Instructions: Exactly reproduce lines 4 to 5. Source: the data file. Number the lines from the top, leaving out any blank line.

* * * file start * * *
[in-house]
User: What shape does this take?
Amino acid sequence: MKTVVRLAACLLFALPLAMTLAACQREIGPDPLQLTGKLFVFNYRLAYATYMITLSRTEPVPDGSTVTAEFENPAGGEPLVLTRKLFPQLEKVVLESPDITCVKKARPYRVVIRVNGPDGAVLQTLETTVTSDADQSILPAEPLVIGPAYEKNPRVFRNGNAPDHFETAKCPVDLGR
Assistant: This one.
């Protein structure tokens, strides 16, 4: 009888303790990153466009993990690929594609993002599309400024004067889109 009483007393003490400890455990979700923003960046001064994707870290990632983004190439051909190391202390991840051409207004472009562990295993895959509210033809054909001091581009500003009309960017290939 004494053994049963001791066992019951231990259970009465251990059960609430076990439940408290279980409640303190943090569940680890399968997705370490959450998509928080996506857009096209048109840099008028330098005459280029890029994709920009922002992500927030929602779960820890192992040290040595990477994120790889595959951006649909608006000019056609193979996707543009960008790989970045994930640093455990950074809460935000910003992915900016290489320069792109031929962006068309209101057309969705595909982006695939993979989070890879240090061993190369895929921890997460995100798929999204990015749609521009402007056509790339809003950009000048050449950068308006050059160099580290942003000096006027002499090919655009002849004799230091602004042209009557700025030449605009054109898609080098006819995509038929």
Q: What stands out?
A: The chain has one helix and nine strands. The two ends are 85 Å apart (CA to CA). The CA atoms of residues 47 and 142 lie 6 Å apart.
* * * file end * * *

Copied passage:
Assistant: This one.
């Protein structure tokens, strides 16, 4: 009888303790990153466009993990690929594609993002599309400024004067889109 009483007393003490400890455990979700923003960046001064994707870290990632983004190439051909190391202390991840051409207004472009562990295993895959509210033809054909001091581009500003009309960017290939 004494053994049963001791066992019951231990259970009465251990059960609430076990439940408290279980409640303190943090569940680890399968997705370490959450998509928080996506857009096209048109840099008028330098005459280029890029994709920009922002992500927030929602779960820890192992040290040595990477994120790889595959951006649909608006000019056609193979996707543009960008790989970045994930640093455990950074809460935000910003992915900016290489320069792109031929962006068309209101057309969705595909982006695939993979989070890879240090061993190369895929921890997460995100798929999204990015749609521009402007056509790339809003950009000048050449950068308006050059160099580290942003000096006027002499090919655009002849004799230091602004042209009557700025030449605009054109898609080098006819995509038929």